Product Name and Specification

Used to provide a detailed description of the components, including the component type (e.g., capacitor, resistor, etc.), numerical parameters (such as capacitance, voltage, resistance value, etc.), performance parameters (e.g., tolerance, operating temperature range, package type, etc.). While these details are less frequently used in the production process, they are valuable for incoming material inspection. Clearly specifying the component parameters that IQC inspectors need to check can help address issues related to product quality and incorrect deliveries.

Quantity

The quantity of each component specification used. This information is used for material procurement and supply-demand management. Whether you use MRP (Material Requirements Planning) or LRP (Limited Resource Planning) or other supply chain management tools, you can rely on accurate “quantity” information to ensure that you purchase enough components to meet production requirements.

Why BOM Is Essential for PCB Assembly?

For Customers:

  • Facilitates rapid and accurate project cost assessment.
  • Provides alternative solutions in cases of unusable or costly components.
  • Enables quick confirmation of product specifications and features.
  • Assists in swift identification and location of components during product maintenance and repairs.
  • Provides traceability during design upgrades and optimizations.
  • Aids in proper project planning and smooth operation.

For Processing Factories:

  • Guides material procurement to avoid errors or omissions.
  • Helps manage project materials to prevent production delays caused by component supply issues.
  • Estimates the number of assembly workers based on purchased parts.
  • Improves input efficiency of material requisition documents for batch picking.
  • Provides standards for incoming inspections to enhance production quality.

Methods of Generating PCB BOM Files

CAD Software Automated Generation

Most PCB design software today offer a built-in feature for generating BOM files (those that don’t should be considered outdated). After completing your design, you can simply locate the “Export BOM” button, configure the settings as needed, and then export the file. This method is highly accurate, provides data traceability, and significantly improves work efficiency, particularly for larger projects.

Manual Generation

In this approach, designers need to manually input information such as component types, package sizes, quantities, and more into an Excel spreadsheet or other spreadsheet software. This process can be time-consuming and prone to errors. Although it remains effective for some simple designs, it is not recommended.

What to Consider When Creating a Bill of Materials?

Versioning Concerns

Electronics products undergo rapid iteration and frequent updates. For each version or generation, it’s crucial to assign a distinct version number to the BOM. Whenever a design is modified or optimized, detailed change information should be documented in the previous version. If unexpected issues arise, you can revert to the older version, identify it as a different version, and restart from there.

For example, your initial design’s BOM is version A, and after an upgrade, it becomes version B, with detailed modifications documented in version A. If you encounter unexpected validation failures, you should revert to version A and define it as version C.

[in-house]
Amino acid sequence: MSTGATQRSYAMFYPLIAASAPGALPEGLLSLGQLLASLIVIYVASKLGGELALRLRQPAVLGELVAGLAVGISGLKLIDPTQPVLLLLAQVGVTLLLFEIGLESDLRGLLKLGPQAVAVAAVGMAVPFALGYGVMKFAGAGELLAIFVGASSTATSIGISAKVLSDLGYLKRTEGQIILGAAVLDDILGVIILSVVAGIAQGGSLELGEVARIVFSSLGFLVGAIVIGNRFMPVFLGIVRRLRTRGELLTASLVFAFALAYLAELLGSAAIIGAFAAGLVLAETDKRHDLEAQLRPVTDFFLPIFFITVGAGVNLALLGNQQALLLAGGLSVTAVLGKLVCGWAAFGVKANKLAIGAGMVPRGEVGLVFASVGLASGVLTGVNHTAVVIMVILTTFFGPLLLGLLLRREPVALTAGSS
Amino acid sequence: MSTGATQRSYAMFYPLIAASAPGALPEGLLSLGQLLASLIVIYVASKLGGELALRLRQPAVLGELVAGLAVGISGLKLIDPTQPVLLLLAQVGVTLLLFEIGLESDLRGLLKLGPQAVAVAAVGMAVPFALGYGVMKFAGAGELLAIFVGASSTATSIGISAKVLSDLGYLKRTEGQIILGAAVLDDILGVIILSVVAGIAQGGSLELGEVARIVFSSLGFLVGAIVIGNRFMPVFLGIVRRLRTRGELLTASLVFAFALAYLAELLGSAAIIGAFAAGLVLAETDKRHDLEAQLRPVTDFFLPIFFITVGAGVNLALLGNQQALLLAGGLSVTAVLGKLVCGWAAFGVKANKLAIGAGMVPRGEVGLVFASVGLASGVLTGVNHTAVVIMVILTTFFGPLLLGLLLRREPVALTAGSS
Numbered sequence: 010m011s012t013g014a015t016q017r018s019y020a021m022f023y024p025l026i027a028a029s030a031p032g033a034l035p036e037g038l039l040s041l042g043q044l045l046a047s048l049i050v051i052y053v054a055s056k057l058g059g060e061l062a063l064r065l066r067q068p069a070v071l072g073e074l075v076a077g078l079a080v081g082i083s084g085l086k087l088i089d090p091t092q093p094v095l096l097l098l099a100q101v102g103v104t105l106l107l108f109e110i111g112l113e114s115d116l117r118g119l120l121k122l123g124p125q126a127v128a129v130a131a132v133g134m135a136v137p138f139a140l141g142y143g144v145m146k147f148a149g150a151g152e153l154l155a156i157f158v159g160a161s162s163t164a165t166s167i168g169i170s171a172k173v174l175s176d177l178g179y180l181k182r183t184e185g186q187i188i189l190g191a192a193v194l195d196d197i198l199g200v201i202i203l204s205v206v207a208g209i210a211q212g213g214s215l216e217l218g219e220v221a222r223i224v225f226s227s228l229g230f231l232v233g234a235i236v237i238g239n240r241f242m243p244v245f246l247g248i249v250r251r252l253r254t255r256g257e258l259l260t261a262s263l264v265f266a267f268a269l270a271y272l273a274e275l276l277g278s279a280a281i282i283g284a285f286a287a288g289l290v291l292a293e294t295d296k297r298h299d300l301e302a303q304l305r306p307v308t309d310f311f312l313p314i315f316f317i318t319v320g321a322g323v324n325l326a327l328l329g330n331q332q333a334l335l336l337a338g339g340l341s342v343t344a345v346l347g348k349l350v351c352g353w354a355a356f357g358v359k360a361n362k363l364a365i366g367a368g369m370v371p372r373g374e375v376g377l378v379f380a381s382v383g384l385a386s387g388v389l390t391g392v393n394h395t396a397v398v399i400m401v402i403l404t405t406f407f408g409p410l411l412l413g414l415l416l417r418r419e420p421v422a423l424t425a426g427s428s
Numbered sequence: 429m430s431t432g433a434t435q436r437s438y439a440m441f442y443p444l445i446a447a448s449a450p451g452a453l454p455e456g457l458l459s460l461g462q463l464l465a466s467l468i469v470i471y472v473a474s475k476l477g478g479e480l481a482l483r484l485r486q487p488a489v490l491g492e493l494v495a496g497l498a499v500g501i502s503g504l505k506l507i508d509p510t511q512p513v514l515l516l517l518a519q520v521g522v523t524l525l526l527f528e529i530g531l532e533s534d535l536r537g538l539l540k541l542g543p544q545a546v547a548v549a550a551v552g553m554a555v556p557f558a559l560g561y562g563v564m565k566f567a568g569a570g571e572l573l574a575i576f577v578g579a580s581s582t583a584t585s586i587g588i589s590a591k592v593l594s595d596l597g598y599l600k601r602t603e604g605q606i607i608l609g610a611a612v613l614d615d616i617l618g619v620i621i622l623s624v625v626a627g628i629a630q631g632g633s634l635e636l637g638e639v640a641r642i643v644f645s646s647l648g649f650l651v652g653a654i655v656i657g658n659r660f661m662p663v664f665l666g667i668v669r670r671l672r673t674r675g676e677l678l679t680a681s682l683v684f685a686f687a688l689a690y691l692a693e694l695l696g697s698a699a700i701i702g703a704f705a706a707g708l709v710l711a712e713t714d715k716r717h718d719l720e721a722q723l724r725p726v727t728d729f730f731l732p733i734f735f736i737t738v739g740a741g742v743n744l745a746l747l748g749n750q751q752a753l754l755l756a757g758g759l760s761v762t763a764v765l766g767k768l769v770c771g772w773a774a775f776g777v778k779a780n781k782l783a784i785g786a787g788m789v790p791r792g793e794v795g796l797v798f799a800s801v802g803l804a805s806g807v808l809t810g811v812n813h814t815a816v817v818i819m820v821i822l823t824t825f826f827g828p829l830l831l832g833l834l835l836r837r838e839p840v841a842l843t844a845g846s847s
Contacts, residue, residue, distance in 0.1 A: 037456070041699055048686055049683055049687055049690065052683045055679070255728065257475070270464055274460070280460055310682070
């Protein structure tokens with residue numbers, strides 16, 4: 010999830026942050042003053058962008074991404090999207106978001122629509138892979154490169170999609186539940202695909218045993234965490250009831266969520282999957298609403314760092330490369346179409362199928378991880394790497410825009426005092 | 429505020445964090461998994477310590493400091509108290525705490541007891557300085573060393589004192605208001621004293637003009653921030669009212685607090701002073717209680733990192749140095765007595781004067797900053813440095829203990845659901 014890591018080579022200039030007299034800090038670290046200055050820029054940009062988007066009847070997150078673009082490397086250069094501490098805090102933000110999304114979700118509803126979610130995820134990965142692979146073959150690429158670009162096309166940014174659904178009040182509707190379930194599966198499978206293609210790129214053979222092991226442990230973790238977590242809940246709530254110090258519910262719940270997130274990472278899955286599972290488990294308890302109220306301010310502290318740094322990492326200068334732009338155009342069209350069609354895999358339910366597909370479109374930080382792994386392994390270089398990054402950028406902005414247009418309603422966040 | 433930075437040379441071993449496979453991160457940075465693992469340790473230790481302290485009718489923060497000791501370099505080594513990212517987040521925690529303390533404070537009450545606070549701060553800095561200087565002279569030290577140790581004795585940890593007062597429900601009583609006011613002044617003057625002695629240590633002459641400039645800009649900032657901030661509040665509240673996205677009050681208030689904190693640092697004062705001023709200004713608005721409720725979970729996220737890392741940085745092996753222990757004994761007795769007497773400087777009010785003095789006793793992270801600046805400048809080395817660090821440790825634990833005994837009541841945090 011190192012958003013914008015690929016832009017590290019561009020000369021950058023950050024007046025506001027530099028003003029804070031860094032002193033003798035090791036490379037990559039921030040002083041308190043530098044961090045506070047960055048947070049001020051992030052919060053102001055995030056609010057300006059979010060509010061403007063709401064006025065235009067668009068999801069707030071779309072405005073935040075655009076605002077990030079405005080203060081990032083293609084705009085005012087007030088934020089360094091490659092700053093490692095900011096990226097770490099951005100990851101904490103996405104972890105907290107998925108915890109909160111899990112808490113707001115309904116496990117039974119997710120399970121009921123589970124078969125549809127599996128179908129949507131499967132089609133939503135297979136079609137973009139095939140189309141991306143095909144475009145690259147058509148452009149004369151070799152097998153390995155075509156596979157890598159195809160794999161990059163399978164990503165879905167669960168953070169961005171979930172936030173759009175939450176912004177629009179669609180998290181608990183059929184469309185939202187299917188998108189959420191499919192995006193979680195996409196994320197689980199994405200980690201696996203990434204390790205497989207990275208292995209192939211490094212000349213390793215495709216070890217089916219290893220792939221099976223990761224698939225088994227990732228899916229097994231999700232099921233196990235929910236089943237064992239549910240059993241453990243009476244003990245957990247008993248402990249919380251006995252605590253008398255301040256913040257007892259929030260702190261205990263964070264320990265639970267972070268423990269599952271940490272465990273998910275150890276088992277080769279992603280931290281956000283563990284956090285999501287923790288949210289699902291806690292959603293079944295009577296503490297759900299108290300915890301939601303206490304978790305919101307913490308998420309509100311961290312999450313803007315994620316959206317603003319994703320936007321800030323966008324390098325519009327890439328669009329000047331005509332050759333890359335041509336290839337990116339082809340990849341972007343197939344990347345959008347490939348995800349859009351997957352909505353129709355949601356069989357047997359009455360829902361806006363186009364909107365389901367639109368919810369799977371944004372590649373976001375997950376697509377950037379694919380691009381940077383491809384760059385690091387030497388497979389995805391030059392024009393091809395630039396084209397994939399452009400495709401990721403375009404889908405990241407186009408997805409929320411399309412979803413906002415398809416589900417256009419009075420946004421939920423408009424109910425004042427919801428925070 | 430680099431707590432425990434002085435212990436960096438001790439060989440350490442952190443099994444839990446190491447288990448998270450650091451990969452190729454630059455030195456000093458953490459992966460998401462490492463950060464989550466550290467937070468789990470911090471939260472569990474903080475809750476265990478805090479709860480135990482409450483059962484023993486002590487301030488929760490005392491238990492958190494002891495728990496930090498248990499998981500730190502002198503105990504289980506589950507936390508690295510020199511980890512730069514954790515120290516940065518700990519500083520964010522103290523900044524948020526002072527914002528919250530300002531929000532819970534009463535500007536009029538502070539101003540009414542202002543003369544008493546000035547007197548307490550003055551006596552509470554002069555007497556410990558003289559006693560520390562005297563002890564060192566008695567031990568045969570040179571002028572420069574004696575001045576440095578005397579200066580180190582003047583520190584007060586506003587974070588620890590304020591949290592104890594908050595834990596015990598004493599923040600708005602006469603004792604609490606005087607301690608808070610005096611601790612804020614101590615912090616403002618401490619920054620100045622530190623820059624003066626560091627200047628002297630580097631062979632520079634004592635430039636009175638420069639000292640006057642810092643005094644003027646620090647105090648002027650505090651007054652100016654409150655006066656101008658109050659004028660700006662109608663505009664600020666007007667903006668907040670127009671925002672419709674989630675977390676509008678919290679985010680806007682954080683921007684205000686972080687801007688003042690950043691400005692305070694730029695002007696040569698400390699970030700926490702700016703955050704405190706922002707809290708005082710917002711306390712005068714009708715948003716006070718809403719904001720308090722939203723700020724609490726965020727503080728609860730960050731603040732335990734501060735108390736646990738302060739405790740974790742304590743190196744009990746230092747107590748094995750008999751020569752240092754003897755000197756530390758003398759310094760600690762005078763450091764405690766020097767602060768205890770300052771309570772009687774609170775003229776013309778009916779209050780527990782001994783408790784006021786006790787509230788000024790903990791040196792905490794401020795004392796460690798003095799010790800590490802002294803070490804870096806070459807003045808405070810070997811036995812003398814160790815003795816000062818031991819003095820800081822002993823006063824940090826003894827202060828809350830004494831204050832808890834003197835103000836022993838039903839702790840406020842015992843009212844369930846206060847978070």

Why not define it as A again?

While versions A and C essentially contain the same content, redefining it as A would lead to version management confusion. If you define it as A, the question arises: should the fourth update be labeled C or B? If it’s B, then the errors in version B’s design information would be overwritten, compromising traceability. If it’s C, you’d essentially repeat the process of version B. Always ensure that the subsequent version after an update is accurately labeled.

Matching BOM to Product

The relationship between a BOM file and a product is not one-to-one. In some products using multiple PCBs, you can create several BOM files to correspond to those products. However, you should not use a single BOM file for multiple products, even if they only differ in color.

For example, if you’re producing mechanical keyboards for two customers, one in red (A) and the other in blue (B), with only a color difference and identical internal structures. As the products evolve, the requirements from both customers diverge: A may prioritize typing performance, while B may want vibrant lighting. If you initially use a single BOM file to manage both products, it becomes complicated, leading to a situation where assembly line workers may not know if you need feature A or B.

Model Replacement Version

For instance, a customer’s mechanical keyboard undergoes four iterations to address various issues. In the contract, it’s emphasized that 200 sets of the XXX model are needed, including 100 sets from version A, 50 sets from version B, 25 sets from version C, and 25 sets from version D. However, in practical production, we often emphasize the product model’s volume:

  • Emphasizing the version of the BOM file implies the need for additional internal work orders, increasing workloads.
  • Functional differences become evident only after production is completed, potentially leading to errors if the operator doesn’t pay attention to internal work orders.

For better collaboration, it’s recommended to name the products based on their model when communicating with manufacturers, rather than the version of the BOM file.